What does this mean for the school year?
By Angela Espinoza, News Editor
On September 18, after nearly four months of protests and negotiations, the BC teachers’ strike ended with an 86 per cent vote in favour of proposed changes. Public elementary, middle, and high school students returned to classes on Monday.
After earlier failed negotiations with mediator Vince Ready weeks before, Ready returned on September 13 to help BC Teachers’ Federation (BCTF) members and members of the BC Liberal party find an appropriate solution. In the early hours of September 16, Ready announced a potential deal had been reached by both parties, and that teachers would be voting on it by that Thursday.
The resolution of the strike sees the teachers sign a six-year deal. The contract states that wages will be increased by 7.25 per cent over the course of their six-year pact. Each year will see a portion of that percentage applied to salaries, the lowest at 0.5 per cent and highest at two per cent. Additionally, teacher-on-call rates were increased and health benefits were improved for members of the BCTF. An education fund consisting of $400 million, also to be spent over six years, was achieved for funding additional hiring of specialist teachers and to benefit class sizes and composition.
One of the most important benefits of the deal is the removal of proposals E80 and E81, acts that—in some form—have been the cause of many previous teachers’ strikes. E80 and E81 were acts set in place to prevent the BCTF from debating class size, composition, and the hiring of specialist teachers. Three Supreme Court cases have debated the removal of the acts, two of which the BCTF have won—with the Liberal government owing the BCTF a current total of $250 million—and a third case currently underway.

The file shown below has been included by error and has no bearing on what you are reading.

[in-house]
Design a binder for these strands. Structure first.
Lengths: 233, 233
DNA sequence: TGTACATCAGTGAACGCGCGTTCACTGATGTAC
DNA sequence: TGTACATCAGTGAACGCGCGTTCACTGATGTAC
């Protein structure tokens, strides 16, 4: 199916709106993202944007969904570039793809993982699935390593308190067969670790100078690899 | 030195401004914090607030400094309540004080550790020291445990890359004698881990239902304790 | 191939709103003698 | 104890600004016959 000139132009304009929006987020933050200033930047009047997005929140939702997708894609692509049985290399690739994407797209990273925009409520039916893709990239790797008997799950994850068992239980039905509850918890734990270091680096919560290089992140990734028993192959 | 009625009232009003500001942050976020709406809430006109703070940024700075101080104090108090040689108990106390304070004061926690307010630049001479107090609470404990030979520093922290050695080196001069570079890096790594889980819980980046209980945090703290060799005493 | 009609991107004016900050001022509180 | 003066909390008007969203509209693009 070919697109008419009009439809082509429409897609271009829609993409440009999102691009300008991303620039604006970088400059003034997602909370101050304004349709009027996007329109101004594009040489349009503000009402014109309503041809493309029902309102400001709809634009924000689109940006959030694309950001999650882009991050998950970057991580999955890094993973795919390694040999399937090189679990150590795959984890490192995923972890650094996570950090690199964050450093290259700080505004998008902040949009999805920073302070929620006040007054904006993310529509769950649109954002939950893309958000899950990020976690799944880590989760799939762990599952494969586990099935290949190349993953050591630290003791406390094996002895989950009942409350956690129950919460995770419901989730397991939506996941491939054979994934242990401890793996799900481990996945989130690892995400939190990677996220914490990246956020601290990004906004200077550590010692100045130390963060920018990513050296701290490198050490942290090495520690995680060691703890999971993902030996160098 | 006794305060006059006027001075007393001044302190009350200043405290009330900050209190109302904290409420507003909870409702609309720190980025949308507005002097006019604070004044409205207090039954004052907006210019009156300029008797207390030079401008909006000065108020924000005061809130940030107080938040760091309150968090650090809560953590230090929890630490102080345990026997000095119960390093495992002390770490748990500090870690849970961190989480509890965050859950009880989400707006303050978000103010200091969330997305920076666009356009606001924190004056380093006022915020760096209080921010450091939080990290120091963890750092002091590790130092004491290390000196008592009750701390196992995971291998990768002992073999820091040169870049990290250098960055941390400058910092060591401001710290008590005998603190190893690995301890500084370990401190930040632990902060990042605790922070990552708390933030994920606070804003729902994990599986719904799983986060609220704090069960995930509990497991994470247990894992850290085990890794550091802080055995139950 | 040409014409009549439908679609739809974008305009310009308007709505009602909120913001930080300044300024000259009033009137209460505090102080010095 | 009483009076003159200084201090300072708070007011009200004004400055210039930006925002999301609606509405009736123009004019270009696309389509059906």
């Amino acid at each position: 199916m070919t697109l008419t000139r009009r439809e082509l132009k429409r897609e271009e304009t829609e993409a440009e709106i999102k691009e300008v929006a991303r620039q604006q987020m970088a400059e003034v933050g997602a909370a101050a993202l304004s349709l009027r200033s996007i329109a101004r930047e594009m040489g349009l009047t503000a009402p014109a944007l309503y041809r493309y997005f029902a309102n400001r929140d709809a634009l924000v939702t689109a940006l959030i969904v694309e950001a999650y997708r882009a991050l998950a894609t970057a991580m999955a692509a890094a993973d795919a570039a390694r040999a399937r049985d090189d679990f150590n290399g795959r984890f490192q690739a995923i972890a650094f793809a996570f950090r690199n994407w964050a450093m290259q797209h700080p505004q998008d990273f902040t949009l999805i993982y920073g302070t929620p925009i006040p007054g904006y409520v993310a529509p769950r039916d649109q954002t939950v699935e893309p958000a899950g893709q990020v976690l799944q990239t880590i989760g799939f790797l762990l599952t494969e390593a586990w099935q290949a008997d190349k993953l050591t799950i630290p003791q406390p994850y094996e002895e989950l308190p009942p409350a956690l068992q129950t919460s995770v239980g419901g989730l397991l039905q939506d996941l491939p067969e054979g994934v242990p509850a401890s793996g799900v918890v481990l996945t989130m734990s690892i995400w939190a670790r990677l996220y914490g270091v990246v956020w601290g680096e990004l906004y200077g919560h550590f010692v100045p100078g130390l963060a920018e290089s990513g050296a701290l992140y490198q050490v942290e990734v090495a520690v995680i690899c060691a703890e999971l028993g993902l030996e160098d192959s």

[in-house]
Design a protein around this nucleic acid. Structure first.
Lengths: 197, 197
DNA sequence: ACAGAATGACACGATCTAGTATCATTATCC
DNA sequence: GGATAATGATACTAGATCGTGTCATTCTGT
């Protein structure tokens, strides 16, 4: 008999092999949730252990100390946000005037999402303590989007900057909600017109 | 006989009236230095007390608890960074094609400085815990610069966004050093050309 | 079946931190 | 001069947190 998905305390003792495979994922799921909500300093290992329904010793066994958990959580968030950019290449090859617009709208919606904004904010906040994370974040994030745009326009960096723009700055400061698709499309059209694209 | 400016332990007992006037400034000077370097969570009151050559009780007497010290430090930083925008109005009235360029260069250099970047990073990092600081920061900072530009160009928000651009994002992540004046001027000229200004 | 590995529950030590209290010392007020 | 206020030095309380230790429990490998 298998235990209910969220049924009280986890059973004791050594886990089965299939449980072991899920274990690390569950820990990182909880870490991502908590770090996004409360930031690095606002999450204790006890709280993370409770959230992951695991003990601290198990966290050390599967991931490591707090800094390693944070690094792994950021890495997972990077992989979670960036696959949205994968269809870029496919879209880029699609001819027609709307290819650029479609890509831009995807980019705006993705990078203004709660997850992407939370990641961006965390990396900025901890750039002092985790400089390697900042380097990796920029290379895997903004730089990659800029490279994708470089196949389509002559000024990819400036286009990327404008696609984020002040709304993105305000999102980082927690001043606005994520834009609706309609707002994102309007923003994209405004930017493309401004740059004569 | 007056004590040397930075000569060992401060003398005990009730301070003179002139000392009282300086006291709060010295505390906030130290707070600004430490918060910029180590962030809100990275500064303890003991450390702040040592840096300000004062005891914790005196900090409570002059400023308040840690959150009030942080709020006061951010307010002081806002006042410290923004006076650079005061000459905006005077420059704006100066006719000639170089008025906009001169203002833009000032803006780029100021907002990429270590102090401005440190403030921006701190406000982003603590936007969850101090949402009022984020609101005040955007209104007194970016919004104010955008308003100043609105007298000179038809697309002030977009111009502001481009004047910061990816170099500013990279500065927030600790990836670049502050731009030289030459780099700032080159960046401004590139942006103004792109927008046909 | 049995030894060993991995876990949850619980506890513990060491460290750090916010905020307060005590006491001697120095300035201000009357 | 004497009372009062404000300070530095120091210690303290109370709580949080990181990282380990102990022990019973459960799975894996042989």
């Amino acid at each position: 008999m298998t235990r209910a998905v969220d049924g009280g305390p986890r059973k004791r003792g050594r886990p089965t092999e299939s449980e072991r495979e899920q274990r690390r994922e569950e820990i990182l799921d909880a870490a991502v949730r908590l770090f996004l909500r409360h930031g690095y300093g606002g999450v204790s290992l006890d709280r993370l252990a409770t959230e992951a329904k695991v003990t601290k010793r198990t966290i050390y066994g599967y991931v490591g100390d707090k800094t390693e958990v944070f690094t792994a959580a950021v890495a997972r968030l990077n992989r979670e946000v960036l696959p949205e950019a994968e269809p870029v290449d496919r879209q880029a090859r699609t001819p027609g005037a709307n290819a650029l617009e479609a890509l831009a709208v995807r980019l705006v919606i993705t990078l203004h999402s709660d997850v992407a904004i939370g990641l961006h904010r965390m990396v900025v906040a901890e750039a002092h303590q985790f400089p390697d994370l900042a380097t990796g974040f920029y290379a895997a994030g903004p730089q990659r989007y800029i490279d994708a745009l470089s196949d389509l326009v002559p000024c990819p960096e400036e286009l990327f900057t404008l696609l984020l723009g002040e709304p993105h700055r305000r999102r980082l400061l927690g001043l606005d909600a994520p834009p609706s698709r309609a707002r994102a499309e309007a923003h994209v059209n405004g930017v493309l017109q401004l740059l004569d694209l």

However, even with all the improved benefits and changes supporting the BCTF, many are still not happy. Again, 13 per cent of BCTF members voted against the changes, and many were left questioning.
“We all know that this deal isn’t perfect, but it does provide gains for teachers. It protects our charter rights and increases support for our students,” BCTF president Jim Iker told reporters at a September 19 press conference.
Members of the BCTF were hoping for larger education funds and a permanent solution to keeping the discussion of class size and composition open, which the removal of E80 and E81 does not permanently guarantee.
Robin Holburn, a teacher for Prince of Wales Secondary School in Vancouver told the National Post, “Our negotiating team did the very best it could, I believe … but this is not a good deal for BC students and it’s not a good deal for BC teachers.”
For now, students are back in classes, and Minister of Education Peter Fassbender has stated that neither students nor teachers will have to make up extra time for the first three weeks of missed classes.